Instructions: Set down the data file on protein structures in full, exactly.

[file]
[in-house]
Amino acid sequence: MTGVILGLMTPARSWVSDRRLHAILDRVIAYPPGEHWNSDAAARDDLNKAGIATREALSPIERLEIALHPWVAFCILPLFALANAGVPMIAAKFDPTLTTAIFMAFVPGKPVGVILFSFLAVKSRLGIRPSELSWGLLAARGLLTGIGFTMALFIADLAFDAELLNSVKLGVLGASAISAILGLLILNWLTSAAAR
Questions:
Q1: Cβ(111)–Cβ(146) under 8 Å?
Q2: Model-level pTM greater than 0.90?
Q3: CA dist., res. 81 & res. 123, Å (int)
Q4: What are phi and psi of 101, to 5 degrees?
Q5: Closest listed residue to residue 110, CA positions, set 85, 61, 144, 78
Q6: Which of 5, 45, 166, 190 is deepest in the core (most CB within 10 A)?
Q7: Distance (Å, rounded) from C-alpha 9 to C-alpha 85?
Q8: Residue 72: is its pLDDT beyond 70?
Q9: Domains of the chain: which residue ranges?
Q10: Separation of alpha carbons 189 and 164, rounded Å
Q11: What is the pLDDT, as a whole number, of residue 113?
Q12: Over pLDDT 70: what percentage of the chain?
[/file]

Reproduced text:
[in-house]
Amino acid sequence: MTGVILGLMTPARSWVSDRRLHAILDRVIAYPPGEHWNSDAAARDDLNKAGIATREALSPIERLEIALHPWVAFCILPLFALANAGVPMIAAKFDPTLTTAIFMAFVPGKPVGVILFSFLAVKSRLGIRPSELSWGLLAARGLLTGIGFTMALFIADLAFDAELLNSVKLGVLGASAISAILGLLILNWLTSAAAR
Questions:
Q1: Cβ(111)–Cβ(146) under 8 Å?
Q2: Model-level pTM greater than 0.90?
Q3: CA dist., res. 81 & res. 123, Å (int)
Q4: What are phi and psi of 101, to 5 degrees?
Q5: Closest listed residue to residue 110, CA positions, set 85, 61, 144, 78
Q6: Which of 5, 45, 166, 190 is deepest in the core (most CB within 10 A)?
Q7: Distance (Å, rounded) from C-alpha 9 to C-alpha 85?
Q8: Residue 72: is its pLDDT beyond 70?
Q9: Domains of the chain: which residue ranges?
Q10: Separation of alpha carbons 189 and 164, rounded Å
Q11: What is the pLDDT, as a whole number, of residue 113?
Q12: Over pLDDT 70: what percentage of the chain?